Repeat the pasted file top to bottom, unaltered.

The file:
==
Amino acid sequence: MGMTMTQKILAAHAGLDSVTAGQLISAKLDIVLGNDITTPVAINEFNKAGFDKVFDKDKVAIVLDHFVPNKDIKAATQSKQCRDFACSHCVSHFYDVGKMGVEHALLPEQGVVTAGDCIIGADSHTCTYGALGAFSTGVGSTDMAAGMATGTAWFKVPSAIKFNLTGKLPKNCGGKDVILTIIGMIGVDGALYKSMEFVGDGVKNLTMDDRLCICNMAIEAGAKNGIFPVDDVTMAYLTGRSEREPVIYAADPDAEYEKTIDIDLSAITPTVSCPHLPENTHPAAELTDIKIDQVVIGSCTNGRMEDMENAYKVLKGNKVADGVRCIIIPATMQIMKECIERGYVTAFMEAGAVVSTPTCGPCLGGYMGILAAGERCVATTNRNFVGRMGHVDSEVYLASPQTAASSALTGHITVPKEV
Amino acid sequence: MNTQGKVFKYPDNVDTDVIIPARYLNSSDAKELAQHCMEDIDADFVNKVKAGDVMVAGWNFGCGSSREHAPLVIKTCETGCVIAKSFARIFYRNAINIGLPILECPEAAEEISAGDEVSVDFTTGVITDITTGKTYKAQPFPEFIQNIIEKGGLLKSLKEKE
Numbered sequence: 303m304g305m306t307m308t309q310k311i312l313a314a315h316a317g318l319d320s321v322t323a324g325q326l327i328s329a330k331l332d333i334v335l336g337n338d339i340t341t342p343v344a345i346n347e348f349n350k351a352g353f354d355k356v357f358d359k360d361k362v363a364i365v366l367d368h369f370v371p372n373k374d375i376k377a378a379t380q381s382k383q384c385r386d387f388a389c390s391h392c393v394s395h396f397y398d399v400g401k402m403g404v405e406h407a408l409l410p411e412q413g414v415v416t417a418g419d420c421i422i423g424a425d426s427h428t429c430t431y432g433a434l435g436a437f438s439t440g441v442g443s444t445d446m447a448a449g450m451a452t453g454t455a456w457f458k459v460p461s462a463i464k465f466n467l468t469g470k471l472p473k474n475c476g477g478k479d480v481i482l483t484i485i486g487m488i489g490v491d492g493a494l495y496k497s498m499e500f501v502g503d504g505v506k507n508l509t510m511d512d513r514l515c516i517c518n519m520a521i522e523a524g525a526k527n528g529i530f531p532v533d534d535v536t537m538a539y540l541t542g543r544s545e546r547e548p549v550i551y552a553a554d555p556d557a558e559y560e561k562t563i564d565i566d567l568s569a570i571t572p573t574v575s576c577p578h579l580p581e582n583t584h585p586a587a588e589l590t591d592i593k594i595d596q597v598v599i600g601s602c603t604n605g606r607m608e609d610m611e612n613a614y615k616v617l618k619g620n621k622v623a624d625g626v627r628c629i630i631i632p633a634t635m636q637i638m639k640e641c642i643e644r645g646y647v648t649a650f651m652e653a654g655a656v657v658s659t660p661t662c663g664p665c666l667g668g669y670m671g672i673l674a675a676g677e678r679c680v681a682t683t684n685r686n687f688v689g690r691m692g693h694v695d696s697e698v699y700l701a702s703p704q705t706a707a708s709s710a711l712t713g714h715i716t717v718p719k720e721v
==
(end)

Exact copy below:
Amino acid sequence: MGMTMTQKILAAHAGLDSVTAGQLISAKLDIVLGNDITTPVAINEFNKAGFDKVFDKDKVAIVLDHFVPNKDIKAATQSKQCRDFACSHCVSHFYDVGKMGVEHALLPEQGVVTAGDCIIGADSHTCTYGALGAFSTGVGSTDMAAGMATGTAWFKVPSAIKFNLTGKLPKNCGGKDVILTIIGMIGVDGALYKSMEFVGDGVKNLTMDDRLCICNMAIEAGAKNGIFPVDDVTMAYLTGRSEREPVIYAADPDAEYEKTIDIDLSAITPTVSCPHLPENTHPAAELTDIKIDQVVIGSCTNGRMEDMENAYKVLKGNKVADGVRCIIIPATMQIMKECIERGYVTAFMEAGAVVSTPTCGPCLGGYMGILAAGERCVATTNRNFVGRMGHVDSEVYLASPQTAASSALTGHITVPKEV
Amino acid sequence: MNTQGKVFKYPDNVDTDVIIPARYLNSSDAKELAQHCMEDIDADFVNKVKAGDVMVAGWNFGCGSSREHAPLVIKTCETGCVIAKSFARIFYRNAINIGLPILECPEAAEEISAGDEVSVDFTTGVITDITTGKTYKAQPFPEFIQNIIEKGGLLKSLKEKE
Numbered sequence: 303m304g305m306t307m308t309q310k311i312l313a314a315h316a317g318l319d320s321v322t323a324g325q326l327i328s329a330k331l332d333i334v335l336g337n338d339i340t341t342p343v344a345i346n347e348f349n350k351a352g353f354d355k356v357f358d359k360d361k362v363a364i365v366l367d368h369f370v371p372n373k374d375i376k377a378a379t380q381s382k383q384c385r386d387f388a389c390s391h392c393v394s395h396f397y398d399v400g401k402m403g404v405e406h407a408l409l410p411e412q413g414v415v416t417a418g419d420c421i422i423g424a425d426s427h428t429c430t431y432g433a434l435g436a437f438s439t440g441v442g443s444t445d446m447a448a449g450m451a452t453g454t455a456w457f458k459v460p461s462a463i464k465f466n467l468t469g470k471l472p473k474n475c476g477g478k479d480v481i482l483t484i485i486g487m488i489g490v491d492g493a494l495y496k497s498m499e500f501v502g503d504g505v506k507n508l509t510m511d512d513r514l515c516i517c518n519m520a521i522e523a524g525a526k527n528g529i530f531p532v533d534d535v536t537m538a539y540l541t542g543r544s545e546r547e548p549v550i551y552a553a554d555p556d557a558e559y560e561k562t563i564d565i566d567l568s569a570i571t572p573t574v575s576c577p578h579l580p581e582n583t584h585p586a587a588e589l590t591d592i593k594i595d596q597v598v599i600g601s602c603t604n605g606r607m608e609d610m611e612n613a614y615k616v617l618k619g620n621k622v623a624d625g626v627r628c629i630i631i632p633a634t635m636q637i638m639k640e641c642i643e644r645g646y647v648t649a650f651m652e653a654g655a656v657v658s659t660p661t662c663g664p665c666l667g668g669y670m671g672i673l674a675a676g677e678r679c680v681a682t683t684n685r686n687f688v689g690r691m692g693h694v695d696s697e698v699y700l701a702s703p704q705t706a707a708s709s710a711l712t713g714h715i716t717v718p719k720e721v